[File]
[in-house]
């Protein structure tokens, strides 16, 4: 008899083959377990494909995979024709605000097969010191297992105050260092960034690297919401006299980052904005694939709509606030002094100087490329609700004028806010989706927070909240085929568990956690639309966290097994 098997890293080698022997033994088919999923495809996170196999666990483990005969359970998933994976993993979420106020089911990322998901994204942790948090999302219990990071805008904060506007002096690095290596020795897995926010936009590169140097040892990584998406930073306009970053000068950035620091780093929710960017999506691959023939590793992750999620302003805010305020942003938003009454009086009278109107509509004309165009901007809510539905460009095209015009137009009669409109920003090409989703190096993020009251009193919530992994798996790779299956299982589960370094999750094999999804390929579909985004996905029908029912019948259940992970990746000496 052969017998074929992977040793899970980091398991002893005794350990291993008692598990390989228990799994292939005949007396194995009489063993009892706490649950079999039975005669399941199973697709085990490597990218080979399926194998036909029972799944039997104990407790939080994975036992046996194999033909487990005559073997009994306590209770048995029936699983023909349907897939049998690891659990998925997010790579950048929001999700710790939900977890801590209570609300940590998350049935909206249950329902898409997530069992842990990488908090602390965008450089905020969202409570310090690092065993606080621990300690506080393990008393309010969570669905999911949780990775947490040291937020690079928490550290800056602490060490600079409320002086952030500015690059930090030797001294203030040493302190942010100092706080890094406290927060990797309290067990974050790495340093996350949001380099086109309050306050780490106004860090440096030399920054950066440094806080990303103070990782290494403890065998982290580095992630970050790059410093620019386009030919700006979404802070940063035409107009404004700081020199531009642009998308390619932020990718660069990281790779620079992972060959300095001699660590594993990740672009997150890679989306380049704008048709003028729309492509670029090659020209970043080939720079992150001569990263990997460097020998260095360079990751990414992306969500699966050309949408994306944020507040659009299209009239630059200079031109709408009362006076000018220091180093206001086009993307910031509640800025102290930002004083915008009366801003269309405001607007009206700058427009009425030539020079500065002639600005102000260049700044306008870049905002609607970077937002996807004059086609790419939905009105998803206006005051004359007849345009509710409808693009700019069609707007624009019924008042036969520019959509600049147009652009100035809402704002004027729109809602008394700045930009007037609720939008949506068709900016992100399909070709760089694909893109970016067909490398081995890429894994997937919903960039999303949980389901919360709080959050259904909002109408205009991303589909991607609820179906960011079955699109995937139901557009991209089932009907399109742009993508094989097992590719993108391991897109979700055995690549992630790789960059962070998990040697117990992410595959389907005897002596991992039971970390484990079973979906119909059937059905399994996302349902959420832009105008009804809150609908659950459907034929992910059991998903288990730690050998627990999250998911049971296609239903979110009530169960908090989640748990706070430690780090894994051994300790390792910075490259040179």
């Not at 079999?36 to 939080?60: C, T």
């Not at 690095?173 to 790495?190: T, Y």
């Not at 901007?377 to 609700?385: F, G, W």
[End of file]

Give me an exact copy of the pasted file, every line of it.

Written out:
[in-house]
């Protein structure tokens, strides 16, 4: 008899083959377990494909995979024709605000097969010191297992105050260092960034690297919401006299980052904005694939709509606030002094100087490329609700004028806010989706927070909240085929568990956690639309966290097994 098997890293080698022997033994088919999923495809996170196999666990483990005969359970998933994976993993979420106020089911990322998901994204942790948090999302219990990071805008904060506007002096690095290596020795897995926010936009590169140097040892990584998406930073306009970053000068950035620091780093929710960017999506691959023939590793992750999620302003805010305020942003938003009454009086009278109107509509004309165009901007809510539905460009095209015009137009009669409109920003090409989703190096993020009251009193919530992994798996790779299956299982589960370094999750094999999804390929579909985004996905029908029912019948259940992970990746000496 052969017998074929992977040793899970980091398991002893005794350990291993008692598990390989228990799994292939005949007396194995009489063993009892706490649950079999039975005669399941199973697709085990490597990218080979399926194998036909029972799944039997104990407790939080994975036992046996194999033909487990005559073997009994306590209770048995029936699983023909349907897939049998690891659990998925997010790579950048929001999700710790939900977890801590209570609300940590998350049935909206249950329902898409997530069992842990990488908090602390965008450089905020969202409570310090690092065993606080621990300690506080393990008393309010969570669905999911949780990775947490040291937020690079928490550290800056602490060490600079409320002086952030500015690059930090030797001294203030040493302190942010100092706080890094406290927060990797309290067990974050790495340093996350949001380099086109309050306050780490106004860090440096030399920054950066440094806080990303103070990782290494403890065998982290580095992630970050790059410093620019386009030919700006979404802070940063035409107009404004700081020199531009642009998308390619932020990718660069990281790779620079992972060959300095001699660590594993990740672009997150890679989306380049704008048709003028729309492509670029090659020209970043080939720079992150001569990263990997460097020998260095360079990751990414992306969500699966050309949408994306944020507040659009299209009239630059200079031109709408009362006076000018220091180093206001086009993307910031509640800025102290930002004083915008009366801003269309405001607007009206700058427009009425030539020079500065002639600005102000260049700044306008870049905002609607970077937002996807004059086609790419939905009105998803206006005051004359007849345009509710409808693009700019069609707007624009019924008042036969520019959509600049147009652009100035809402704002004027729109809602008394700045930009007037609720939008949506068709900016992100399909070709760089694909893109970016067909490398081995890429894994997937919903960039999303949980389901919360709080959050259904909002109408205009991303589909991607609820179906960011079955699109995937139901557009991209089932009907399109742009993508094989097992590719993108391991897109979700055995690549992630790789960059962070998990040697117990992410595959389907005897002596991992039971970390484990079973979906119909059937059905399994996302349902959420832009105008009804809150609908659950459907034929992910059991998903288990730690050998627990999250998911049971296609239903979110009530169960908090989640748990706070430690780090894994051994300790390792910075490259040179």
């Not at 079999?36 to 939080?60: C, T």
């Not at 690095?173 to 790495?190: T, Y």
């Not at 901007?377 to 609700?385: F, G, W």